Economist: Trump's tariffs 'would be bad for Americans'

Mexican workers disguised as President Donald Trump protest against his economic policies in late February in Mexico City

Economist: Trump's tariffs 'would be bad for Americans'

But in numerous public statements, Trump has cited and unfair trade when talking about the tariffs.

New Mexico's congressional delegation is anxious about President Donald Trump's decision to hike tariffs on steel and aluminum.

Two dozen conservative groups, including the Club for Growth, FreedomWorks and the National Taxpayers Union, urged Trump to reconsider, writing in a letter that the tariffs would be "a tax on the middle class with everything from cars to baseball bats to even beer". The UK steel industry has said that tariffs would have a "profound impact" on their business and the British Prime Minister has voiced here concerns to Mr Trump about the move.

"What we're hoping is that the Canadian government will find a long-term solution..."

The proclamation signed by Trump ordering the tariffs do suggest some possible grounds for exemptions based off the specific reasons listed for excluding Canada and Mexico.

The signing ceremony for the proclamation issued at the White House was attended by several steel and aluminium workers, some of whom spoke of how excessive "dumping" of steel and aluminium imports had negatively affected their jobs and families.

"Of course this will have to go through the usual litigation process, either the WTO or the courts to see how this works", Cornyn said at an energy conference in Houston.

American steel and aluminium workers have been betrayed, Mr Trump added, but "that betrayal is now over".

Philip Levy, a former trade adviser in President George W. Bush's administration, said the flaw in Trump basing his tariffs on national security was that military allies could ask to be excluded, undermining the president's stated goal of protecting domestic steel and aluminum mill jobs.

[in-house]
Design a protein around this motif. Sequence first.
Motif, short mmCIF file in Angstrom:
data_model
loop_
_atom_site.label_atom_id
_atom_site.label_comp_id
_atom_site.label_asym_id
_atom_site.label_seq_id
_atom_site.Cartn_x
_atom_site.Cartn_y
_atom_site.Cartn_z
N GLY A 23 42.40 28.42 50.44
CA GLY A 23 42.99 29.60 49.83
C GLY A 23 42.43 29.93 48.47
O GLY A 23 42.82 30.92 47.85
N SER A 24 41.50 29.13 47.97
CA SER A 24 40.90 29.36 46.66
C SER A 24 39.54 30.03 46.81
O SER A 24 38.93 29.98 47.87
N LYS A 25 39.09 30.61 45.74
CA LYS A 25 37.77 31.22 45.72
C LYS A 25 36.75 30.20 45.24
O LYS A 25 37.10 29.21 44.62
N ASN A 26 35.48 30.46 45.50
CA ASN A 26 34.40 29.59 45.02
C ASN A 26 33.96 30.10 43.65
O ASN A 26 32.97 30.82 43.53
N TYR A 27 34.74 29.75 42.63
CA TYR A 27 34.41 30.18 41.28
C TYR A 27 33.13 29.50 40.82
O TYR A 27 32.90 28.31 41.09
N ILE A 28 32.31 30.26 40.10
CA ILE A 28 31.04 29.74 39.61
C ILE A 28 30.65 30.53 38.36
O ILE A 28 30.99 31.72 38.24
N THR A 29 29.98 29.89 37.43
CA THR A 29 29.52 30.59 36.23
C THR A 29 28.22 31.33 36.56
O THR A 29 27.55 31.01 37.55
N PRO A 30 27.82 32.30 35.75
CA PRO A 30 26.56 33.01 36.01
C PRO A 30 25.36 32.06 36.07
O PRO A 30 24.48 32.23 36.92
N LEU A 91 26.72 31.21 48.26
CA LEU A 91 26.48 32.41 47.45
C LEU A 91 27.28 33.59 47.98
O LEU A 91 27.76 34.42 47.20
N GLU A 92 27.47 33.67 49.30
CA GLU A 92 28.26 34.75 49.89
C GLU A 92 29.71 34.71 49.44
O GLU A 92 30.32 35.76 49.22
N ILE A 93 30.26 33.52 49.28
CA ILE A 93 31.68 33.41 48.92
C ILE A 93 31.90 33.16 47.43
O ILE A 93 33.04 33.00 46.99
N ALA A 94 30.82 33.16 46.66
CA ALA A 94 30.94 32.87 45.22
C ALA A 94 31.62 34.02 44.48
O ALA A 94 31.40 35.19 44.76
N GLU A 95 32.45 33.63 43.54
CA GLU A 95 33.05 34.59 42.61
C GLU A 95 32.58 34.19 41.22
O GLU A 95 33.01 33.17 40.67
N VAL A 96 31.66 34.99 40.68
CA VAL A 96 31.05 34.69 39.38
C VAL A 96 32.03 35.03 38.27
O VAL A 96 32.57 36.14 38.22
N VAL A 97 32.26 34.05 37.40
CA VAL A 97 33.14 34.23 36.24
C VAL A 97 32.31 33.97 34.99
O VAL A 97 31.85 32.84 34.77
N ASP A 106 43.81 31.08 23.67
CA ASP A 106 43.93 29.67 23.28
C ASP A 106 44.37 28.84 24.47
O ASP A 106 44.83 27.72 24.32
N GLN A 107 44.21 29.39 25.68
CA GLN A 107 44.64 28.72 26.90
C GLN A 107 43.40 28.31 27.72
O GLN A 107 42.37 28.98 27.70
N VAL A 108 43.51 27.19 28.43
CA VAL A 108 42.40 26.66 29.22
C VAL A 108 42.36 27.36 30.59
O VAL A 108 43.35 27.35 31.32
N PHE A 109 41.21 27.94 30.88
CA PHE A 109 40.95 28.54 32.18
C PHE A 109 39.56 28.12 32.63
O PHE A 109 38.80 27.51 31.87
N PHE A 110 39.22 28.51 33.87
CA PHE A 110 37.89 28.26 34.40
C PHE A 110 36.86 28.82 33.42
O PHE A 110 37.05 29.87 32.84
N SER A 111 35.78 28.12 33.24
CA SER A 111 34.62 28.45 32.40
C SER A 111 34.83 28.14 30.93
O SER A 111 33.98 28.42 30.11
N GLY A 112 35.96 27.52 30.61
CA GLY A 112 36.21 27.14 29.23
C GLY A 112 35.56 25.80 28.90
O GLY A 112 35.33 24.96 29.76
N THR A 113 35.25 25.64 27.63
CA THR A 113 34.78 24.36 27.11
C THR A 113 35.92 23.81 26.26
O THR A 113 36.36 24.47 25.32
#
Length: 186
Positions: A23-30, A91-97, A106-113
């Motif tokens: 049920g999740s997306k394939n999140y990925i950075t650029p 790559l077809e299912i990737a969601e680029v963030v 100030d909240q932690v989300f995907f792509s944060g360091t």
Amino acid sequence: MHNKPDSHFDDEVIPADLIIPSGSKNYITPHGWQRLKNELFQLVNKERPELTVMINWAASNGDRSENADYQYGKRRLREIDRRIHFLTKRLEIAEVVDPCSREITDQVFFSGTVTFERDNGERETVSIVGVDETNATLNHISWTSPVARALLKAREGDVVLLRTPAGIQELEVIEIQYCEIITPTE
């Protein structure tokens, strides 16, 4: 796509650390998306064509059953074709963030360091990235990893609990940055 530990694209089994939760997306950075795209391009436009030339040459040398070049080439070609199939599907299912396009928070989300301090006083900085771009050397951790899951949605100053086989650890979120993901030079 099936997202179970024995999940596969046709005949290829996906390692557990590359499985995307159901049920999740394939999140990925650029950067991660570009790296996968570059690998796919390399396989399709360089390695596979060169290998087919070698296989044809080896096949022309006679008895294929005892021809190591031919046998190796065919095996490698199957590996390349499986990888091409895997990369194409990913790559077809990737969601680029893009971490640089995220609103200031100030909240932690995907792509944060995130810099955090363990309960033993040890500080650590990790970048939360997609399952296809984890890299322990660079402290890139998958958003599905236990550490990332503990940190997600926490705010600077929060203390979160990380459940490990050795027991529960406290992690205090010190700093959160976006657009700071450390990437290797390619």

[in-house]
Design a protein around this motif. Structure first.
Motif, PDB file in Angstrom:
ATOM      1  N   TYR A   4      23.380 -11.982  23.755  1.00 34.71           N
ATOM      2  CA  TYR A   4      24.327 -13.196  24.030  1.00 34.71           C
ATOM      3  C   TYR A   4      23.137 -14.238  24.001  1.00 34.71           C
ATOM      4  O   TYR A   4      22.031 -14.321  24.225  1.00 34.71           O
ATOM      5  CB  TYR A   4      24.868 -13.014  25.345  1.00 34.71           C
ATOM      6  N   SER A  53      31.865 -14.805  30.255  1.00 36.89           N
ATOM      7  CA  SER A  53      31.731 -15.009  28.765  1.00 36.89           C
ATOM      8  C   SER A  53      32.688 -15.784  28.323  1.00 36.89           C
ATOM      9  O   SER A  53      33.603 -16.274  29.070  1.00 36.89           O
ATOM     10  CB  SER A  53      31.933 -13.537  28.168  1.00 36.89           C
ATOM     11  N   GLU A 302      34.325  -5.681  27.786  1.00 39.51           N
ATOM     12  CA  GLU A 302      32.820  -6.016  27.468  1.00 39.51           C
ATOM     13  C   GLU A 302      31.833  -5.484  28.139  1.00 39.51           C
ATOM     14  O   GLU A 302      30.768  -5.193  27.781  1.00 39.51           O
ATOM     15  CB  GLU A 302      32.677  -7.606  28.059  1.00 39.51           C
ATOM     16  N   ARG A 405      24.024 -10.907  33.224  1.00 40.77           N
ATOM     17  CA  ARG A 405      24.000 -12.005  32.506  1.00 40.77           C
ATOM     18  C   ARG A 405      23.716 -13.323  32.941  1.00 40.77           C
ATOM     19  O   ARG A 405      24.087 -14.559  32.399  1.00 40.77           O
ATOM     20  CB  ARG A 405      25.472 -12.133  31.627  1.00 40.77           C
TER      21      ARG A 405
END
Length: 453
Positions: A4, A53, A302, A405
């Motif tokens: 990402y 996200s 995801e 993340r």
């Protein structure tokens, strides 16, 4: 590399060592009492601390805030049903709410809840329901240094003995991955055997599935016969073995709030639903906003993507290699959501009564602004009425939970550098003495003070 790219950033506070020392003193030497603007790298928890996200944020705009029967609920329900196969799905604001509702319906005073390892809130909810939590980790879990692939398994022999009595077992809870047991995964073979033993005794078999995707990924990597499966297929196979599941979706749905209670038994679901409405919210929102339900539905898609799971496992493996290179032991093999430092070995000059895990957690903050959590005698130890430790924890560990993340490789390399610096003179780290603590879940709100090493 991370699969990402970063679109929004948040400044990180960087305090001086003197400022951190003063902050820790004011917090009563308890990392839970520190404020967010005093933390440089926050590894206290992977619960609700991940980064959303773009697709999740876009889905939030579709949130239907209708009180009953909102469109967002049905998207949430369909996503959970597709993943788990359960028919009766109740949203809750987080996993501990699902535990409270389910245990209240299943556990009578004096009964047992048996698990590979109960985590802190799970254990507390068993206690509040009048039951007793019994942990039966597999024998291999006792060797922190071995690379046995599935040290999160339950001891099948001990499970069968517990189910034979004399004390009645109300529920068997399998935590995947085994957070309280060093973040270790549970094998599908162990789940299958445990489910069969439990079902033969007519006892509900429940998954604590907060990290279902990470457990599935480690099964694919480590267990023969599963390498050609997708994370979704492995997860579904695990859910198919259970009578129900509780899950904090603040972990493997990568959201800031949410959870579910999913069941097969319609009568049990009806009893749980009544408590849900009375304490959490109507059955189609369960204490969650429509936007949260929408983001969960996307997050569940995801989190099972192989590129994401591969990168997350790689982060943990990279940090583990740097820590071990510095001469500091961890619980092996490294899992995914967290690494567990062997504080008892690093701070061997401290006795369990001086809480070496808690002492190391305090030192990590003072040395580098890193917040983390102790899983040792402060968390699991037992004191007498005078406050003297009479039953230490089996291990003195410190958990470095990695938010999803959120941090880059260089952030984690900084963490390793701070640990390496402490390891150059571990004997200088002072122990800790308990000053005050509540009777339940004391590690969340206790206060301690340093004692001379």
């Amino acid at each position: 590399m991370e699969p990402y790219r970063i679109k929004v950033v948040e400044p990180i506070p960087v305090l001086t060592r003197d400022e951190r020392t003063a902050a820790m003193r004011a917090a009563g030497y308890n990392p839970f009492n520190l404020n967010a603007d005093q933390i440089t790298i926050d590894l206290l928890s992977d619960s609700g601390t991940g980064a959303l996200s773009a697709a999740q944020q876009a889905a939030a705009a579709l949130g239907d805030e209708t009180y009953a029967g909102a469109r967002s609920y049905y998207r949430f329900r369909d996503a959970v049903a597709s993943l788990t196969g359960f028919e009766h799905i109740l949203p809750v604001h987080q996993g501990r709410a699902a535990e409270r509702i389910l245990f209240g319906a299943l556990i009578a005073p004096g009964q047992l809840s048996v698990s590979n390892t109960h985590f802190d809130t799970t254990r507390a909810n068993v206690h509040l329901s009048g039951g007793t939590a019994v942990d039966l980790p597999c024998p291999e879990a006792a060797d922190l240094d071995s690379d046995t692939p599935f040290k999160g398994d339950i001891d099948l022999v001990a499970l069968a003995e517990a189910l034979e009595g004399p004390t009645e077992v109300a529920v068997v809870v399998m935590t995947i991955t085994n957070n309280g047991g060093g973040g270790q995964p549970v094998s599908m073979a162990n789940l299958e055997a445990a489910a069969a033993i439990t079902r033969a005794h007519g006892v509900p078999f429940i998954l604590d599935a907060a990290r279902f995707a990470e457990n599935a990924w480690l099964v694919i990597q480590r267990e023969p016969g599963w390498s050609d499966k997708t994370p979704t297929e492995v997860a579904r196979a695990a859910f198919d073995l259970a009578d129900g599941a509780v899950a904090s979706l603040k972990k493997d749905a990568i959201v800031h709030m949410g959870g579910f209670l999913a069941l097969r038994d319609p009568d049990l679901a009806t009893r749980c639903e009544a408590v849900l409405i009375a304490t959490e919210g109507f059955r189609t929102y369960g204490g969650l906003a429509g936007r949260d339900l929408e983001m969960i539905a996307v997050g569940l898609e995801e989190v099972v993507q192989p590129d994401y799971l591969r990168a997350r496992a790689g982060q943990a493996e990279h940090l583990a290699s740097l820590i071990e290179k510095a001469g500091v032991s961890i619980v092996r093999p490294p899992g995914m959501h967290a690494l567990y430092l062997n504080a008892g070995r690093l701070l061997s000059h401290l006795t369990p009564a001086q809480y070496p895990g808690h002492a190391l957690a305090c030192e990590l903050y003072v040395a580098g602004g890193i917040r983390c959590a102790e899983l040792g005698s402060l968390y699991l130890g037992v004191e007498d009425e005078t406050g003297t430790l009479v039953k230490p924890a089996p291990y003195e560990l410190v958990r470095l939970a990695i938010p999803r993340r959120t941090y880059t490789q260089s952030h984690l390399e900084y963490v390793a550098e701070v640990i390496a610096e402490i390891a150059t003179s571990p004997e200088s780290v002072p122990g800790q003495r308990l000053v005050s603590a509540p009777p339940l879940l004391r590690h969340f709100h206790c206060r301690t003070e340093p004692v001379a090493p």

While Mnuchin said that the tariffs will "definitely" be rolled out soon, both he and Commerce Secretary Wilbur Ross on Wednesday signaled the administration is open to exempting countries from the tariffs, including Mexico and Canada, depending on the result of ongoing Nafta negotiations.

"We're trying to balance protecting these industries, which are very important, with making sure we don't do undue harm to the economy", Mr. Mnuchin said Tuesday.

Only last month Trump went to Davos accompanied by Cohn, to reassure the business world that his "America First" policy did not mean America alone.

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If Trump does impose steep tariffs on foreign steel and aluminum, it will put the WTO in an awkward position.

The spokesman reiterated the secretary-general's offer to "do whatever he can to help facilitate the process". Most economists have questioned the benefits of tariffs compared to their economic costs, especially in light of the global competitive boost from the recently enacted Tax Cuts and Jobs Act.

Trump praised his top trade representative during his remarks March 8, and said Lighthizer would be responsible for negotiating with countries seeking additional exemptions from the aluminum and steel levies.

"We have the ability to adjust and adapt to a variety of market changes around the world and that will be our approach on this issue as well", the company added.

Republican Senator Jeff Flake has already introduced legislation to nullify the tariffs.

"Trade wars are not won, they are only lost", said Mr Flake, who a year ago announced that he would not seek re-election in 2018, meaning he is less susceptible to the President's frequent attacks than most.

"Congress can not be complicit as the administration courts economic disaster", the Arizona senator added.

Right now it is unlikely that the Republican-led Congress can muster up enough votes to block Mr Trump. They can acquiesce to Trump's tariffs, even though many of their donors hate them and they will hurt some of the GOP lawmakers' constituents, and create political opportunities for the Democrats.

"Exempting Canada and Mexico is a good first step, and I urge the White House to go further to narrow these tariffs so they hit the intended targets - and not United States workers, businesses, and families", House Ways and Committee Chairman Kevin Brady, who is a Republican, said in a statement.

The news on the economic front continues to be excellent.

But Trump has shown he wants more.

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